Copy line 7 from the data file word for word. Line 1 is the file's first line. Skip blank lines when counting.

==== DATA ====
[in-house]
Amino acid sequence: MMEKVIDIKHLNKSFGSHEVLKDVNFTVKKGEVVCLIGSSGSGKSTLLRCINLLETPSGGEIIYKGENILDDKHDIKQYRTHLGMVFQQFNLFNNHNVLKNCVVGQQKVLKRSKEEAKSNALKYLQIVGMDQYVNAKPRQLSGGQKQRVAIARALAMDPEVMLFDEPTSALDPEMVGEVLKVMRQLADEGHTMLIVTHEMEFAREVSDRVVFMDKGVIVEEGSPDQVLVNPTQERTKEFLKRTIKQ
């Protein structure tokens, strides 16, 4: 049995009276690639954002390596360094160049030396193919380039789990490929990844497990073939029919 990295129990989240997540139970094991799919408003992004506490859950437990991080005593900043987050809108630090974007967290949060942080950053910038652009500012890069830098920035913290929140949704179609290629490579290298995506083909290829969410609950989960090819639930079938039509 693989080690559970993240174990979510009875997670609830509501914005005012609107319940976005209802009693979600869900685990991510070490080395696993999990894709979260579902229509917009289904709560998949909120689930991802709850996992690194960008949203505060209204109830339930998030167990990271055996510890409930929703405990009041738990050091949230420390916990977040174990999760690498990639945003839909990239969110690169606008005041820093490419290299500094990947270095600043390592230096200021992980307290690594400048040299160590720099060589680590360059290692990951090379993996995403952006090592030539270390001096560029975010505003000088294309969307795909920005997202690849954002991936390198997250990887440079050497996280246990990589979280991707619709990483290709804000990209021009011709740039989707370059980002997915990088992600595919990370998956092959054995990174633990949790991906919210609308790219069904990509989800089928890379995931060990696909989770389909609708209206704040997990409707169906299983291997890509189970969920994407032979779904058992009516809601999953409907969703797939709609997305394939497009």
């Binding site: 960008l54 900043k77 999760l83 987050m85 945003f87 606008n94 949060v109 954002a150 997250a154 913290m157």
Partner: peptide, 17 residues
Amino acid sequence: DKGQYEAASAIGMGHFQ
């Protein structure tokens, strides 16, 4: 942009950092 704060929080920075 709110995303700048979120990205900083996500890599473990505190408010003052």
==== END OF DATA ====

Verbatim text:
């Protein structure tokens, strides 16, 4: 942009950092 704060929080920075 709110995303700048979120990205900083996500890599473990505190408010003052």